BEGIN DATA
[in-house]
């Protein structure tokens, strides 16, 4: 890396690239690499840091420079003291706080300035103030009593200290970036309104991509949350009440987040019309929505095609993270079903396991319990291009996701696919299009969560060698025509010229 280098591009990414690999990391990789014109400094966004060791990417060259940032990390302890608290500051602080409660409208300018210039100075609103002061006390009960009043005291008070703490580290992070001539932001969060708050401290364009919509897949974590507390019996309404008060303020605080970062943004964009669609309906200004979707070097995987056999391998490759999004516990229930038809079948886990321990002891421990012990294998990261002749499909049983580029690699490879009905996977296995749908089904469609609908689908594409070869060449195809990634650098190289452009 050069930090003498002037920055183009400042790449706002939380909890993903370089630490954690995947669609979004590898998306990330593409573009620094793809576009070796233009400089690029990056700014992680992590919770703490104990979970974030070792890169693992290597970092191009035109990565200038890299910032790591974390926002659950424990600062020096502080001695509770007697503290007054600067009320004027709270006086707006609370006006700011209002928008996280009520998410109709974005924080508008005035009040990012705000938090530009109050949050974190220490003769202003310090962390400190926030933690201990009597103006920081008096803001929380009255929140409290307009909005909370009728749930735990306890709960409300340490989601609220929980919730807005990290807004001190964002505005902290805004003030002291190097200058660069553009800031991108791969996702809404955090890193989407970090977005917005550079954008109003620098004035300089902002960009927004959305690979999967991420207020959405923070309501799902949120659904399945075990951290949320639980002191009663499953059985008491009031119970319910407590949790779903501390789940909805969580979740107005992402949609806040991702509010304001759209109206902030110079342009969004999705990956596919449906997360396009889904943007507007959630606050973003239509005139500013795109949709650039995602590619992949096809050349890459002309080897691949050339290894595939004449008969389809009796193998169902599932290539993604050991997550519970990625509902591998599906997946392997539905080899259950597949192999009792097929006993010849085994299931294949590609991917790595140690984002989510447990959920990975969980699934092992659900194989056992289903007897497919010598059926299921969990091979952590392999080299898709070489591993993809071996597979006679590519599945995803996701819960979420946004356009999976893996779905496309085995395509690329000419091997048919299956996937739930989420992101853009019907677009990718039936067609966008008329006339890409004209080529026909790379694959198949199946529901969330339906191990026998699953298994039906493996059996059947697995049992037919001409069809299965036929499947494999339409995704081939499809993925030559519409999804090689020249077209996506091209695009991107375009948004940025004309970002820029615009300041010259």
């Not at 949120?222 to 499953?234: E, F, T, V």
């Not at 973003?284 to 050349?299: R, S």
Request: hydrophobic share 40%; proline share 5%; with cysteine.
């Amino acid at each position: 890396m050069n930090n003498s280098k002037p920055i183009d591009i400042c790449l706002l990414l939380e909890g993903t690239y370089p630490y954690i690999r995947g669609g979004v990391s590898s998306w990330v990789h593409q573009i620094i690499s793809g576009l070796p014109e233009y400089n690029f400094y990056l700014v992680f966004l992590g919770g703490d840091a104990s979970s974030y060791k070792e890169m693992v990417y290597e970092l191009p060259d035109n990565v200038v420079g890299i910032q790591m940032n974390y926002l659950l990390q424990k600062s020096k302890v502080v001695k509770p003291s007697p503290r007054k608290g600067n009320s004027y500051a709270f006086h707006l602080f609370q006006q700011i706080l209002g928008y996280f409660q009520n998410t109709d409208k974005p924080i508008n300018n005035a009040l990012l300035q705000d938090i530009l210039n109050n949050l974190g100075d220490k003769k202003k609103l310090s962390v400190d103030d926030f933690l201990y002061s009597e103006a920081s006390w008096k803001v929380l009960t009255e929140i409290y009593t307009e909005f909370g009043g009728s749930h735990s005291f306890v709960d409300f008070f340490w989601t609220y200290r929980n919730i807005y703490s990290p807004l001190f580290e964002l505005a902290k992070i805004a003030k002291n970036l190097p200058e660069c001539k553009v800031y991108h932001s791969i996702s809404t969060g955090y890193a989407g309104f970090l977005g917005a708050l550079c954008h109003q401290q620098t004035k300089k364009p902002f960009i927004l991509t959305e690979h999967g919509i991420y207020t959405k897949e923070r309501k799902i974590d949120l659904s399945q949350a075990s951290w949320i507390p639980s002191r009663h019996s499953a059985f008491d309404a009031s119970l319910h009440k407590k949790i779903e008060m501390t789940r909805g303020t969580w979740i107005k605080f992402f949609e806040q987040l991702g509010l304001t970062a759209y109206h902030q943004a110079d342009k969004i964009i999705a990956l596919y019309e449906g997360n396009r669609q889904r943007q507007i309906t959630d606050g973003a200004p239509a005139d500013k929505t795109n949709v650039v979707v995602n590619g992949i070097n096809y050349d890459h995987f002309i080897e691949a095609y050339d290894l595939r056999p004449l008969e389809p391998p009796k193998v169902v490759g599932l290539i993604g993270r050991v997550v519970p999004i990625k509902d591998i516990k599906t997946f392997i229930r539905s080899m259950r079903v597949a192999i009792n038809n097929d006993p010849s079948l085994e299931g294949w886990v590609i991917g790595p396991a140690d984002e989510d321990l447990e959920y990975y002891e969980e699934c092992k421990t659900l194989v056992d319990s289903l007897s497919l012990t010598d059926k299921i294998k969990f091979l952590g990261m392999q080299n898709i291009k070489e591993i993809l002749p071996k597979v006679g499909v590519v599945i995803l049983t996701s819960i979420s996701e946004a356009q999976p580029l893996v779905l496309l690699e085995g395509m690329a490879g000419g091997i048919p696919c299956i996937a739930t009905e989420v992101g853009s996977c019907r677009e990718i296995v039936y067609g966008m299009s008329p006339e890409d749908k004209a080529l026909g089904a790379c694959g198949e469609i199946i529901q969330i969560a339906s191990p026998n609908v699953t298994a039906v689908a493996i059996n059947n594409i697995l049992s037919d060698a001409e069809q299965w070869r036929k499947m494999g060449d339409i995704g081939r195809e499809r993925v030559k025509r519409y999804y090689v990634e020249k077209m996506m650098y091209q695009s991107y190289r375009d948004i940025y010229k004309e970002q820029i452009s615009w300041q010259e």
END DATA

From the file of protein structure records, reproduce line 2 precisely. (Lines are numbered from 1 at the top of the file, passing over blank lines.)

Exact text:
């Protein structure tokens, strides 16, 4: 890396690239690499840091420079003291706080300035103030009593200290970036309104991509949350009440987040019309929505095609993270079903396991319990291009996701696919299009969560060698025509010229 280098591009990414690999990391990789014109400094966004060791990417060259940032990390302890608290500051602080409660409208300018210039100075609103002061006390009960009043005291008070703490580290992070001539932001969060708050401290364009919509897949974590507390019996309404008060303020605080970062943004964009669609309906200004979707070097995987056999391998490759999004516990229930038809079948886990321990002891421990012990294998990261002749499909049983580029690699490879009905996977296995749908089904469609609908689908594409070869060449195809990634650098190289452009 050069930090003498002037920055183009400042790449706002939380909890993903370089630490954690995947669609979004590898998306990330593409573009620094793809576009070796233009400089690029990056700014992680992590919770703490104990979970974030070792890169693992290597970092191009035109990565200038890299910032790591974390926002659950424990600062020096502080001695509770007697503290007054600067009320004027709270006086707006609370006006700011209002928008996280009520998410109709974005924080508008005035009040990012705000938090530009109050949050974190220490003769202003310090962390400190926030933690201990009597103006920081008096803001929380009255929140409290307009909005909370009728749930735990306890709960409300340490989601609220929980919730807005990290807004001190964002505005902290805004003030002291190097200058660069553009800031991108791969996702809404955090890193989407970090977005917005550079954008109003620098004035300089902002960009927004959305690979999967991420207020959405923070309501799902949120659904399945075990951290949320639980002191009663499953059985008491009031119970319910407590949790779903501390789940909805969580979740107005992402949609806040991702509010304001759209109206902030110079342009969004999705990956596919449906997360396009889904943007507007959630606050973003239509005139500013795109949709650039995602590619992949096809050349890459002309080897691949050339290894595939004449008969389809009796193998169902599932290539993604050991997550519970990625509902591998599906997946392997539905080899259950597949192999009792097929006993010849085994299931294949590609991917790595140690984002989510447990959920990975969980699934092992659900194989056992289903007897497919010598059926299921969990091979952590392999080299898709070489591993993809071996597979006679590519599945995803996701819960979420946004356009999976893996779905496309085995395509690329000419091997048919299956996937739930989420992101853009019907677009990718039936067609966008008329006339890409004209080529026909790379694959198949199946529901969330339906191990026998699953298994039906493996059996059947697995049992037919001409069809299965036929499947494999339409995704081939499809993925030559519409999804090689020249077209996506091209695009991107375009948004940025004309970002820029615009300041010259």